An enjoyable, fast-paced, and topical take on prom drama.

THE PROM

A NOVEL BASED ON THE HIT BROADWAY MUSICAL

A novelization of the Broadway musical of the same name.

After dating for more than a year, two seniors in a racially homogeneous high school in a small town in Indiana face challenges in attending their prom. Emma, who came out as gay on her YouTube channel the summer before ninth grade, has already endured classmates’ bullying and disownment by her parents. Alyssa, who privately identifies as lesbian, is deeply afraid of disappointing her mother and so the girls have kept their relationship a secret. Alternating first-person chapters effectively reveal their inner thoughts, creating well-drawn protagonists who are easy to root for. When the school learns that Emma plans to bring a girl to the prom, all hell breaks loose. Leading the charge is the PTA president, Alyssa’s controlling and conservative mother. At this juncture, due to a YouTube post by Emma, an unlikely but delightful twist occurs: Two broadly stereotypical Broadway actors (smarting from a recent critical failure) show up to save the day, support Emma—and gain some publicity. The author teamed up with the musical’s composer, lyricist, and playwright to create a satisfying story that celebrates the magic of first love in beautiful and apt prose, skewers homophobia with cleverness, and provides hope through the redemption of several unpleasant characters. The novel is completely accessible without seeing the musical that inspired it. Emma is white and Alyssa is brown-skinned with auburn hair.

An enjoyable, fast-paced, and topical take on prom drama. (Fiction. 13-18)

Pub Date: Sept. 10, 2019

ISBN: 978-1-984837-52-3

Page Count: 272

Publisher: Viking

Review Posted Online: July 13, 2019

Kirkus Reviews Issue: Aug. 1, 2019

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Engrossing, contemplative, and as heart-wrenching as the title promises.

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THEY BOTH DIE AT THE END

What would you do with one day left to live?

In an alternate present, a company named Death-Cast calls Deckers—people who will die within the coming day—to inform them of their impending deaths, though not how they will happen. The End Day call comes for two teenagers living in New York City: Puerto Rican Mateo and bisexual Cuban-American foster kid Rufus. Rufus needs company after a violent act puts cops on his tail and lands his friends in jail; Mateo wants someone to push him past his comfort zone after a lifetime of playing it safe. The two meet through Last Friend, an app that connects lonely Deckers (one of many ways in which Death-Cast influences social media). Mateo and Rufus set out to seize the day together in their final hours, during which their deepening friendship blossoms into something more. Present-tense chapters, short and time-stamped, primarily feature the protagonists’ distinctive first-person narrations. Fleeting third-person chapters give windows into the lives of other characters they encounter, underscoring how even a tiny action can change the course of someone else’s life. It’s another standout from Silvera (History Is All You Left Me, 2017, etc.), who here grapples gracefully with heavy questions about death and the meaning of a life well-lived.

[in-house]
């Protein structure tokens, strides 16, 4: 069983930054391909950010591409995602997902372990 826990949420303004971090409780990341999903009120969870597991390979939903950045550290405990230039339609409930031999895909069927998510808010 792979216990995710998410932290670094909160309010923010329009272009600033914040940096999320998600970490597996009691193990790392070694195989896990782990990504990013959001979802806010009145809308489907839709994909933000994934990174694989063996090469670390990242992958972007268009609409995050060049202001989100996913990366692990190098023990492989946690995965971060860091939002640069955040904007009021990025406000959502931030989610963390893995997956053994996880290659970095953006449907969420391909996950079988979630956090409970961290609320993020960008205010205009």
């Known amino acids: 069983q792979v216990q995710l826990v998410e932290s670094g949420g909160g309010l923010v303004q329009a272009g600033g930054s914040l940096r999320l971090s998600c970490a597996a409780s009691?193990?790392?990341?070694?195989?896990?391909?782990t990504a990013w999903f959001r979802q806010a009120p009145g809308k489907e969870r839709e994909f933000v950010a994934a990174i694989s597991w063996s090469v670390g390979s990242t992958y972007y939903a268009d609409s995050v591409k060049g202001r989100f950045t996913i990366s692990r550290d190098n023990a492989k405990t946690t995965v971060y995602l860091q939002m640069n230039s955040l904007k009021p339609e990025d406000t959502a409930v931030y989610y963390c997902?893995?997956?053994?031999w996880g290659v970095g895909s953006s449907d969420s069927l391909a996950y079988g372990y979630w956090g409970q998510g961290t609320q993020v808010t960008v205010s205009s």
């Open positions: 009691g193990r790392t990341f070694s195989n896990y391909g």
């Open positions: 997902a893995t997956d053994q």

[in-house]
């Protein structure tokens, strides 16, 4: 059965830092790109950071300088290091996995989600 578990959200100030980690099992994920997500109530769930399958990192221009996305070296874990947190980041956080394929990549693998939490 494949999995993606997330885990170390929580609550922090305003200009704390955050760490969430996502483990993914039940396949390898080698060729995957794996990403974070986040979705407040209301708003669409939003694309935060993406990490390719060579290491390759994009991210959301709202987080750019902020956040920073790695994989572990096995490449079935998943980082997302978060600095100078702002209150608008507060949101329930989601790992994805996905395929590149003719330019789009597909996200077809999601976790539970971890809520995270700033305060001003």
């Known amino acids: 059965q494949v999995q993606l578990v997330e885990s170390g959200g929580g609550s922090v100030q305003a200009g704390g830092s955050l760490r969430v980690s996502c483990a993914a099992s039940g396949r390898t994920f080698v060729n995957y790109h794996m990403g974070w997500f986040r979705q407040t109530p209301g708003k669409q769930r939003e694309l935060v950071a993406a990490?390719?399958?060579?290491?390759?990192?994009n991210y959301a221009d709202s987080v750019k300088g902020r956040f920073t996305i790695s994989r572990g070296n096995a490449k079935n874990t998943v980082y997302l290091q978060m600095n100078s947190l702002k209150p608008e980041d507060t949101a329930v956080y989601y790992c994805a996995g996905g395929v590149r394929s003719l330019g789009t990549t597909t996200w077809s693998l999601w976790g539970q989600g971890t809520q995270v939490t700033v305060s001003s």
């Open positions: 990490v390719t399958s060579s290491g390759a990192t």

Engrossing, contemplative, and as heart-wrenching as the title promises. (Speculative fiction. 13-adult).

Pub Date: Sept. 5, 2017

ISBN: 978-0-06-245779-0

Page Count: 384

Publisher: HarperTeen

Review Posted Online: June 5, 2017

Kirkus Reviews Issue: June 15, 2017

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This grittily provocative debut explores the horrors of self-harm and the healing power of artistic expression.

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GIRL IN PIECES

After surviving a suicide attempt, a fragile teen isn't sure she can endure without cutting herself.

Seventeen-year-old Charlie Davis, a white girl living on the margins, thinks she has little reason to live: her father drowned himself; her bereft and abusive mother kicked her out; her best friend, Ellis, is nearly brain dead after cutting too deeply; and she's gone through unspeakable experiences living on the street. After spending time in treatment with other young women like her—who cut, burn, poke, and otherwise hurt themselves—Charlie is released and takes a bus from the Twin Cities to Tucson to be closer to Mikey, a boy she "like-likes" but who had pined for Ellis instead. But things don't go as planned in the Arizona desert, because sweet Mikey just wants to be friends. Feeling rejected, Charlie, an artist, is drawn into a destructive new relationship with her sexy older co-worker, a "semifamous" local musician who's obviously a junkie alcoholic. Through intense, diarylike chapters chronicling Charlie's journey, the author captures the brutal and heartbreaking way "girls who write their pain on their bodies" scar and mar themselves, either succumbing or surviving. Like most issue books, this is not an easy read, but it's poignant and transcendent as Charlie breaks more and more before piecing herself back together.

This grittily provocative debut explores the horrors of self-harm and the healing power of artistic expression. (author’s note) (Fiction. 14 & up)

Pub Date: Aug. 30, 2016

ISBN: 978-1-101-93471-5

Page Count: 416

Publisher: Delacorte

Review Posted Online: May 4, 2016

Kirkus Reviews Issue: May 15, 2016

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